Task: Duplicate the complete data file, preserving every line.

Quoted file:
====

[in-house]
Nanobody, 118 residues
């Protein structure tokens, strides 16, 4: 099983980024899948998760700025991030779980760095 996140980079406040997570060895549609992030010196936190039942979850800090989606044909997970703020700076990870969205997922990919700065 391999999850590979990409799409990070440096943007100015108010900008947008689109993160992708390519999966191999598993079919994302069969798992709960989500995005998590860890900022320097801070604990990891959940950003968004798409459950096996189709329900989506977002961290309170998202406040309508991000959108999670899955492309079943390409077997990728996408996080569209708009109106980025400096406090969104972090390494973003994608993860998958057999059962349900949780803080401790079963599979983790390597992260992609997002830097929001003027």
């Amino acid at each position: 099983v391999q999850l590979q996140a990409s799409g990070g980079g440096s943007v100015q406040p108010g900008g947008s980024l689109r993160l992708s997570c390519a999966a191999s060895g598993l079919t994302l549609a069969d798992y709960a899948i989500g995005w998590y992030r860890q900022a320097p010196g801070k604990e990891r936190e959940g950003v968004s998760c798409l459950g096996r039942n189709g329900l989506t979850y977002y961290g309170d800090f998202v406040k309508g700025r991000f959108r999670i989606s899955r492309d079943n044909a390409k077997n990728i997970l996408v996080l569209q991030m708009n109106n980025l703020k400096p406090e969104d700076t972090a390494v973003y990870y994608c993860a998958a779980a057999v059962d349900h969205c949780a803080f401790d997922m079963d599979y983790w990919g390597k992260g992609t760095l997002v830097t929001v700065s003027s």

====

[in-house]
Nanobody, 118 residues
């Protein structure tokens, strides 16, 4: 099983980024899948998760700025991030779980760095 996140980079406040997570060895549609992030010196936190039942979850800090989606044909997970703020700076990870969205997922990919700065 391999999850590979990409799409990070440096943007100015108010900008947008689109993160992708390519999966191999598993079919994302069969798992709960989500995005998590860890900022320097801070604990990891959940950003968004798409459950096996189709329900989506977002961290309170998202406040309508991000959108999670899955492309079943390409077997990728996408996080569209708009109106980025400096406090969104972090390494973003994608993860998958057999059962349900949780803080401790079963599979983790390597992260992609997002830097929001003027």
């Amino acid at each position: 099983v391999q999850l590979q996140a990409s799409g990070g980079g440096s943007v100015q406040p108010g900008g947008s980024l689109r993160l992708s997570c390519a999966a191999s060895g598993l079919t994302l549609a069969d798992y709960a899948i989500g995005w998590y992030r860890q900022a320097p010196g801070k604990e990891r936190e959940g950003v968004s998760c798409l459950g096996r039942n189709g329900l989506t979850y977002y961290g309170d800090f998202v406040k309508g700025r991000f959108r999670i989606s899955r492309d079943n044909a390409k077997n990728i997970l996408v996080l569209q991030m708009n109106n980025l703020k400096p406090e969104d700076t972090a390494v973003y990870y994608c993860a998958a779980a057999v059962d349900h969205c949780a803080f401790d997922m079963d599979y983790w990919g390597k992260g992609t760095l997002v830097t929001v700065s003027s």